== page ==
Tribulation: The Door of the Kingdom

In the Epistle reading for today, we read that Sts. Paul and Barnabas, after preaching the Gospel in Lystra, visited the churches they had founded on their way home to Antioch: “Strengthening the souls of the disciples, exhorting them to continue in the faith.”  And what do you think they said to strengthen the disciples (the believers) and to exhort them to continue in the faith?  What would encourage us to continue in the faith?  What would we need to hear that would strengthen us?

Sts. Paul and Barnabas were saying, “We must through many tribulations enter the Kingdom of God.”

Why is it that somehow this does not seem very encouraging or strengthening to me?

Perhaps it doesn’t sound encouraging or strengthening to me because I don’t suffer many tribulations.  Perhaps it is because the few tribulations I do suffer, I suffer poorly, with complaining, assuming that God should have something better for me.  

But if I were a peasant or slave or soldier in first century Lystra, Iconium or Antioch, life would be nothing but tribulation.  I would seldom get what I wanted.  I would generally have no choice.  And tribulation would not be mere metaphor–I would actually experience beatings for failing to live up to the expectations of my lord or commander.  So to the disciples that Sts. Paul and Barnabas were strengthening and encouraging, these words would have great meaning: “Through your relationship with Christ, the tribulations that you are already suffering in life can become the very means of your entering the Kingdom of God.”

But what about us?  Is it possible for someone who suffers a little as I do to enter the Kingdom of God?

I don’t know.  But I do have two strategies.

My first strategy is to make the most of the little inconveniences I do experience.  When I have a headache, when things aren’t going my way, when what I have done or said is misunderstood, and when others are annoying me, when such things happen I try to look immediately to Christ.  I try not to complain, but rather to absorb the little tribulation into my heart, to accept it, not to defend myself, not to spread the misery, but rather to offer my little pain to God as an offering on behalf of the whole world.  

I say “I try.”  I seldom succeed very well and I often forget completely.  But sometimes I can remember, and sometimes I do experience a little bit of closeness with God, a little bit of compassion for those around me, for those who unknowingly are the immediate source of my discomfort.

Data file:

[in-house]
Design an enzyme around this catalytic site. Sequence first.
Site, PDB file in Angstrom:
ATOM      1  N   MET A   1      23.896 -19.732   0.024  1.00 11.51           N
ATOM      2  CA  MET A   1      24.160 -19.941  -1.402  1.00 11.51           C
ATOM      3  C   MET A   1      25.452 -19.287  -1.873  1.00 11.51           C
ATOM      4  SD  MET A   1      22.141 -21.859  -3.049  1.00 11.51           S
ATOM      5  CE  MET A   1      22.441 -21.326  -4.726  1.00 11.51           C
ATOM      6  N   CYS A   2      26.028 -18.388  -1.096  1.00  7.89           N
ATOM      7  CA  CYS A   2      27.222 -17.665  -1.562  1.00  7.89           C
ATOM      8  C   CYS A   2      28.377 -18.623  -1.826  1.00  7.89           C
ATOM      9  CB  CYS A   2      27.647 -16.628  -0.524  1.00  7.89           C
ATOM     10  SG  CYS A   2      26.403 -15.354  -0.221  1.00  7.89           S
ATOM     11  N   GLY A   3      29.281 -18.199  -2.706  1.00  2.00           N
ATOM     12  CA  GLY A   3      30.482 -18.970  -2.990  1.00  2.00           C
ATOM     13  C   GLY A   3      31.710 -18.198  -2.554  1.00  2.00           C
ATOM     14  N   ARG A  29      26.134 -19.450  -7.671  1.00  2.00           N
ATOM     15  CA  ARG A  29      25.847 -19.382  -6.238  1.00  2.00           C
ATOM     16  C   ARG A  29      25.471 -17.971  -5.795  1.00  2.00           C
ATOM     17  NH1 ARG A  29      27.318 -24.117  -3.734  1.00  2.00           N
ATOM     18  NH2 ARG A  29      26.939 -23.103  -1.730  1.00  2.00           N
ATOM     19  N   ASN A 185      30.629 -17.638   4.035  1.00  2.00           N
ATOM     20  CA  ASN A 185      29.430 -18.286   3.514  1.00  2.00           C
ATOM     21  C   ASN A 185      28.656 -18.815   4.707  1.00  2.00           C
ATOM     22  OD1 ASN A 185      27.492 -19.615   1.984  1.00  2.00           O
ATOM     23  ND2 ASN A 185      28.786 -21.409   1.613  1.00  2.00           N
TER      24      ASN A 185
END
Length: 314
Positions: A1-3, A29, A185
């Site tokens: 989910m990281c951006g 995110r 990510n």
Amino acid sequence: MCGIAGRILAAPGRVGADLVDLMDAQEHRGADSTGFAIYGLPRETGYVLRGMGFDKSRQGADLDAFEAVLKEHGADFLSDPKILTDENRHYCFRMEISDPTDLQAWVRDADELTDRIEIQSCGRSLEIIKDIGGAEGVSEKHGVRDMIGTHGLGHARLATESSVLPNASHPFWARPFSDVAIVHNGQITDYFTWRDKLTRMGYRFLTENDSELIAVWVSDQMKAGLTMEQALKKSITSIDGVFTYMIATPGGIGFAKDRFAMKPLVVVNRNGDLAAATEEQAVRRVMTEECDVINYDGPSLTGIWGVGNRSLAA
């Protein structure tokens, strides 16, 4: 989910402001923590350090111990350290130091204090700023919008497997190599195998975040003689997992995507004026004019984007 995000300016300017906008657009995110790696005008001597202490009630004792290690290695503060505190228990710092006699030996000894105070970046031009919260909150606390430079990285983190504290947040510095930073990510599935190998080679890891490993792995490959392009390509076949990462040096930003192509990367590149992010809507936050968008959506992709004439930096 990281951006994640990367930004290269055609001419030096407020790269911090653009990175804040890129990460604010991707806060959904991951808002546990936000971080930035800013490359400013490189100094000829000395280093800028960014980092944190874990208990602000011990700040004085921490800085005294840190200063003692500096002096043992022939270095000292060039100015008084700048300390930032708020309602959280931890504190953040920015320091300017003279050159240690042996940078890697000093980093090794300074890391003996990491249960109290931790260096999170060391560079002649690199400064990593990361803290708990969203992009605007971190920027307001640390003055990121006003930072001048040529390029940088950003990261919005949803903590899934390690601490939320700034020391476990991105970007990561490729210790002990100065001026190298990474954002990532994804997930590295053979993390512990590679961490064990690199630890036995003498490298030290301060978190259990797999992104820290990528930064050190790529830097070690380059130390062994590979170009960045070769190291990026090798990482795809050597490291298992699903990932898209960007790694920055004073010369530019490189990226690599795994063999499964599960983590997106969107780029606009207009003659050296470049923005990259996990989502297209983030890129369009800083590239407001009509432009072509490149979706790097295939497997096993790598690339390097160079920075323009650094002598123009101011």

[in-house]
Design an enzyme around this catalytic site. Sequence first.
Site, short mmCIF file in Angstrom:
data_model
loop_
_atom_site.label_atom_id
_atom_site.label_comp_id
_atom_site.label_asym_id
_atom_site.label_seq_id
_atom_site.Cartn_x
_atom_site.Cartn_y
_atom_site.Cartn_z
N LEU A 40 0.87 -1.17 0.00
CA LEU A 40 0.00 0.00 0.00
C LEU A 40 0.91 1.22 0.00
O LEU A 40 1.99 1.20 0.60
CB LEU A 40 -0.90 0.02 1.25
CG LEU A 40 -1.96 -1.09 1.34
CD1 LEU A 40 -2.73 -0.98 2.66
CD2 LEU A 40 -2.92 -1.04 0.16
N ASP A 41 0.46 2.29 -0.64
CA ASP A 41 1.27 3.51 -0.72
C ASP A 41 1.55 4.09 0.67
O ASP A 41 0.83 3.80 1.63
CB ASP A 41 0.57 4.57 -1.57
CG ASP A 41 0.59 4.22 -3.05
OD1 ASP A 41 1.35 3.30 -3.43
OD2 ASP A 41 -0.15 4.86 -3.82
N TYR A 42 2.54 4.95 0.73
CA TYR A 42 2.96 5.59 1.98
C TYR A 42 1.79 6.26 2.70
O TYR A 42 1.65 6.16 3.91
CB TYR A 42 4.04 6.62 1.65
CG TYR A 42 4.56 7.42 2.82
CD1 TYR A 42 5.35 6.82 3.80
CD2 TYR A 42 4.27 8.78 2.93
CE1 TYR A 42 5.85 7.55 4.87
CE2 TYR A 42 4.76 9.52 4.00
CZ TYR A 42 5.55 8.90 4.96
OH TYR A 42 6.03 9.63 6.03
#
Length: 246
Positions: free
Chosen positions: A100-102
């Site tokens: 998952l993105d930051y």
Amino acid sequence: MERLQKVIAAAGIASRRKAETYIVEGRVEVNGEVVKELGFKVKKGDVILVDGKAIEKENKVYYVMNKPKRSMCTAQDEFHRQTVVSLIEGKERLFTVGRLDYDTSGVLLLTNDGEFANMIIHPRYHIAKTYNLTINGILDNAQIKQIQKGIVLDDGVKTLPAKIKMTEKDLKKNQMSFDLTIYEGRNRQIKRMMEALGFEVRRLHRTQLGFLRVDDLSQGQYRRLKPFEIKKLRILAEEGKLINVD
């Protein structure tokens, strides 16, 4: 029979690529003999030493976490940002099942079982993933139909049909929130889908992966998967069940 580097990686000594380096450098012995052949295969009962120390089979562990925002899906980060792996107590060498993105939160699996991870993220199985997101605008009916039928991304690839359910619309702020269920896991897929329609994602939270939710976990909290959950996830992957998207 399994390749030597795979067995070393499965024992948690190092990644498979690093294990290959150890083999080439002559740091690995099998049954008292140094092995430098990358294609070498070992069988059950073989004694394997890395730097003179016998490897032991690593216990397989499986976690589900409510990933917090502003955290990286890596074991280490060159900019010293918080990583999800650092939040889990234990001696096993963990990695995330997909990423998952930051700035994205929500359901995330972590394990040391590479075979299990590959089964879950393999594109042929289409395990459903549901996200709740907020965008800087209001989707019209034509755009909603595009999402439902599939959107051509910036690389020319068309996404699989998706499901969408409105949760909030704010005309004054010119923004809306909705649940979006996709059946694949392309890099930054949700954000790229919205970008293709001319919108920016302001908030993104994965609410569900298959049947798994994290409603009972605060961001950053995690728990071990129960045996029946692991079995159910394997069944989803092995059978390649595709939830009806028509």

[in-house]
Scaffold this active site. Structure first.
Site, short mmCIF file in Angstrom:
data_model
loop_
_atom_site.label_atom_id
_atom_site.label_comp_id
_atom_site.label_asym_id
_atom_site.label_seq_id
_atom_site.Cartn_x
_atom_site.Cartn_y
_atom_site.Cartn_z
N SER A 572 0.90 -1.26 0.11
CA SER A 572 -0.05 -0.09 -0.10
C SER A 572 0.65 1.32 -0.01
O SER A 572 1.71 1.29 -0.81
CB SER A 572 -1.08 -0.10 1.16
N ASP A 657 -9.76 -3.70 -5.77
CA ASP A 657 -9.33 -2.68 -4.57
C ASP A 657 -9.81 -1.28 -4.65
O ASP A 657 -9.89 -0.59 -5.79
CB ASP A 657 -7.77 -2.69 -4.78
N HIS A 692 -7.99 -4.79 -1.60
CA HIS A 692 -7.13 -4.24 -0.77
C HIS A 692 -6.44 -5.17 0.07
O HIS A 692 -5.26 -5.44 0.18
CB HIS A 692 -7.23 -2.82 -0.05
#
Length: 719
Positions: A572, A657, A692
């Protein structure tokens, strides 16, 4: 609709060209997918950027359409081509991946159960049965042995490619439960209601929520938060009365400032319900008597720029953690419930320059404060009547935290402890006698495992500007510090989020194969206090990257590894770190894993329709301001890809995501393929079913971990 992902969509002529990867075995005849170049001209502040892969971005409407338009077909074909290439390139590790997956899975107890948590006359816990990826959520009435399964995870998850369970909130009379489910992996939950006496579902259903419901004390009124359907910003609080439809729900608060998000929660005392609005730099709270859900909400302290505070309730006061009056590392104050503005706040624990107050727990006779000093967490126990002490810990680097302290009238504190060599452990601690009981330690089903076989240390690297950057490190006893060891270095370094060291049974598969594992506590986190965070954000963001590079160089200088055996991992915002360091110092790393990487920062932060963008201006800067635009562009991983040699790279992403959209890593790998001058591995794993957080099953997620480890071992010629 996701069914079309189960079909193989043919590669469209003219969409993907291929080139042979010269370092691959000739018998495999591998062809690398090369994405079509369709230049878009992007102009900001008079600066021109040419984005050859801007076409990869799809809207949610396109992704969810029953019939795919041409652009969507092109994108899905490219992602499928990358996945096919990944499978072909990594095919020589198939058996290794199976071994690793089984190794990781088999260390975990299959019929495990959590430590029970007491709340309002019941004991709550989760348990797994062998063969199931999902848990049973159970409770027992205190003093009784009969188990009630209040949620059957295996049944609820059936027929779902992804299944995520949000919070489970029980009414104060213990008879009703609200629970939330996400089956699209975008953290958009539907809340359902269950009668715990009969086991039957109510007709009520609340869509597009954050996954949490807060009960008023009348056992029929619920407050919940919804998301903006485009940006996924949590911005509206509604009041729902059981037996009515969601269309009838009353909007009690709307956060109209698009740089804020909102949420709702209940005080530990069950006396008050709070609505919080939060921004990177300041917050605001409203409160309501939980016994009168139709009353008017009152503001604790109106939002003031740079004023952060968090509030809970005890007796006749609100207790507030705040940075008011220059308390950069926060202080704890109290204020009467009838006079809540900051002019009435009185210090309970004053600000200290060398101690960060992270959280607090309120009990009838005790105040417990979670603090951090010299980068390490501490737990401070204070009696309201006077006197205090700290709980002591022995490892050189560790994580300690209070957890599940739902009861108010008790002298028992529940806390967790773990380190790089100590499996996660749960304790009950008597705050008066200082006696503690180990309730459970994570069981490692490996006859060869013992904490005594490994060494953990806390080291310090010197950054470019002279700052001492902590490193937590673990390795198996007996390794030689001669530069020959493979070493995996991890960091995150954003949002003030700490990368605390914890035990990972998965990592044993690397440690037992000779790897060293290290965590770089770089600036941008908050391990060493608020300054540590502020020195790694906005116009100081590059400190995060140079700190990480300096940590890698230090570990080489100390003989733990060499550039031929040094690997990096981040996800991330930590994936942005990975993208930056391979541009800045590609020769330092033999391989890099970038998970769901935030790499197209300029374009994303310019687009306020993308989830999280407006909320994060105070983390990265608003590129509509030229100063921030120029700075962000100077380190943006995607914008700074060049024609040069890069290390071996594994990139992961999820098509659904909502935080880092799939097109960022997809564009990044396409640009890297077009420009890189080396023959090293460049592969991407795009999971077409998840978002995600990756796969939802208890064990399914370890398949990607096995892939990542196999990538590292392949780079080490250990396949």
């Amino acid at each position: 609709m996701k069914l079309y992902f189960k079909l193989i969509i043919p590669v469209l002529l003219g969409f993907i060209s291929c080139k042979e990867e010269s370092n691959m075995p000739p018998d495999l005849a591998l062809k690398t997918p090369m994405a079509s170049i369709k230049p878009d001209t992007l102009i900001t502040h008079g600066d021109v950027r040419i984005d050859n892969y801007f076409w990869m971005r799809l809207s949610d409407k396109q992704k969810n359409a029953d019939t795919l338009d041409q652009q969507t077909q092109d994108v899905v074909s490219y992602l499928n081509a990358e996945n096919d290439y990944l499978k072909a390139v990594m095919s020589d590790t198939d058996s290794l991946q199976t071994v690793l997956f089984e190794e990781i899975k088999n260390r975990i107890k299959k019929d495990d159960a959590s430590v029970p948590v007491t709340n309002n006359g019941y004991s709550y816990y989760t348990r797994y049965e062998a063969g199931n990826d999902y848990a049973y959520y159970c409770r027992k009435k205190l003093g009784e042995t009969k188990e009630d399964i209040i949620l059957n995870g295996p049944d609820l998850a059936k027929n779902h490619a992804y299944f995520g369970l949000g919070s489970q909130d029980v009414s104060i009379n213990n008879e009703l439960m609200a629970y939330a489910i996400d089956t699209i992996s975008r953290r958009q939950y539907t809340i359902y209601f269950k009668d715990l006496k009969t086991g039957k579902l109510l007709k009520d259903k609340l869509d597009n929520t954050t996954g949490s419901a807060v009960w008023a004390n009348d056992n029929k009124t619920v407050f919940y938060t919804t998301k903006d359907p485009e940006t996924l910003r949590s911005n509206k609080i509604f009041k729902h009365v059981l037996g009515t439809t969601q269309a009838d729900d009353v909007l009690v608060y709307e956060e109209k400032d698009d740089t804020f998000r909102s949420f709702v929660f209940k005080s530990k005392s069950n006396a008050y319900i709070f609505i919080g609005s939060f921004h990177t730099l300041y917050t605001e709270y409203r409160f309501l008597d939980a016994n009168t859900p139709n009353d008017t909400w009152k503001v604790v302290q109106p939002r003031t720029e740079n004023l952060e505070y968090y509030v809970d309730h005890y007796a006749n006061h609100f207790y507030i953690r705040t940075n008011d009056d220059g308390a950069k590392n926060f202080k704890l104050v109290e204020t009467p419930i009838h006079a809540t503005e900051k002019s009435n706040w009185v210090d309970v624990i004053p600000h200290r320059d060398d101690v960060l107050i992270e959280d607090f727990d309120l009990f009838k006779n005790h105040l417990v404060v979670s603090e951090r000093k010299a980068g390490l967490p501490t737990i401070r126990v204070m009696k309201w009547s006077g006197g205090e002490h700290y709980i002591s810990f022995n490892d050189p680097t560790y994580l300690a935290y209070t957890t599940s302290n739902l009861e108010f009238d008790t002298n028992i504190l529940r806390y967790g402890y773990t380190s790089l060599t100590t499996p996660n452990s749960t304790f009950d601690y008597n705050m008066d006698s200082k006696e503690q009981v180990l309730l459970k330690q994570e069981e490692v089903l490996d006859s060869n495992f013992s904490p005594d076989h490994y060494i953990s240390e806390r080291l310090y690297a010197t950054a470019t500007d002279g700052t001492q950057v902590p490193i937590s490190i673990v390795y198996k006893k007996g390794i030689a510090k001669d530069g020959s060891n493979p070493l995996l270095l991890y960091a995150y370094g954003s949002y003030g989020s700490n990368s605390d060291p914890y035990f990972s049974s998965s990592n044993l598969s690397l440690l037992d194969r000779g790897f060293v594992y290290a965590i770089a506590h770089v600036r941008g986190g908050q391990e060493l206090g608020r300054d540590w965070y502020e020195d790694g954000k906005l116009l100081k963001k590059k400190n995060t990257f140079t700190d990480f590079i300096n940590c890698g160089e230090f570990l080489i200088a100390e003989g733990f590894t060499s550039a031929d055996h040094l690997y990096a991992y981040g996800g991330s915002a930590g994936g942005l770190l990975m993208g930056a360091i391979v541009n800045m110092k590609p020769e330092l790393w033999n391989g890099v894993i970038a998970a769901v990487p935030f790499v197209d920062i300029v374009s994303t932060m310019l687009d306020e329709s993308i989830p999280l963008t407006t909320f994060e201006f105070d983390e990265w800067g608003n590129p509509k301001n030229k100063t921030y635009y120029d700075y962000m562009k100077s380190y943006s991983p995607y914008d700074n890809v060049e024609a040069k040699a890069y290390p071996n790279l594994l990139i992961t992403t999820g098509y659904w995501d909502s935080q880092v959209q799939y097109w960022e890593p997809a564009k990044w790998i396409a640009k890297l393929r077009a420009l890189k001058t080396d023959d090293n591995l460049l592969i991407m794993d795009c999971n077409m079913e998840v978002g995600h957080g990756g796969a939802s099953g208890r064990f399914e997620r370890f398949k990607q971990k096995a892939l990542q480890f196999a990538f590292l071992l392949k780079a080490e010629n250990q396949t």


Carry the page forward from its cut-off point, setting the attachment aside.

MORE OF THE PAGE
My second strategy is to open my heart to those who are in tribulation.  You have to be careful with this, however.  When we “bear one another’s burdens,” we bear them to Christ.  We offer them to Christ.  Sometimes, either through personal weakness or an overactive imagination or some other mechanism (guilt, pride, ignorance, not enough sleep, etc.), sometimes I can be overwhelmed with the pain of others.  Or sometimes it is not so much their pain that I am feeling, but my own (again, through guilt or pride or my expectations or even anger with myself or with others whom I think should know better).  You have to be careful.

Nonetheless, there is a way you can share in the tribulations of others.  The writer of the Letter to the Hebrews tell us that enduring a great struggle with sufferings can be partly due to reproaches and tribulations, and partly by becoming companions of those so treated (Heb. 10: 32, 33).  We can become companions of those who suffer.  When we open our hearts, we can share the pain of others.  This sharing is indeed a kind of holding in common (koinos in Greek).  And in sharing and bearing and holding before the Lord the pain for and of the other whom we hold in our hearts, in some small way we help our “companions” and in some small way enter the Kingdom of God with them.

And, of course, one of the ways we know that the love and suffering in our hearts is real is that it manifests itself in small and generally secret acts of kindness, generousity, patience and service.  The evidence of genuine love, St. James tells us, is to do something, something that hurts a little, something that relieves another and actually costs me something.  Prayer, fasting and alms giving.  We offer suffering in our heart to God (prayer), we do something for another (alms giving), and it hurts a little (fasting).  This is the way into the Kingdom of God.  It is the way of love, the way of bearing one another’s burdens.  It is the way of participating in the tribulations that help us enter the Kingdom of God.

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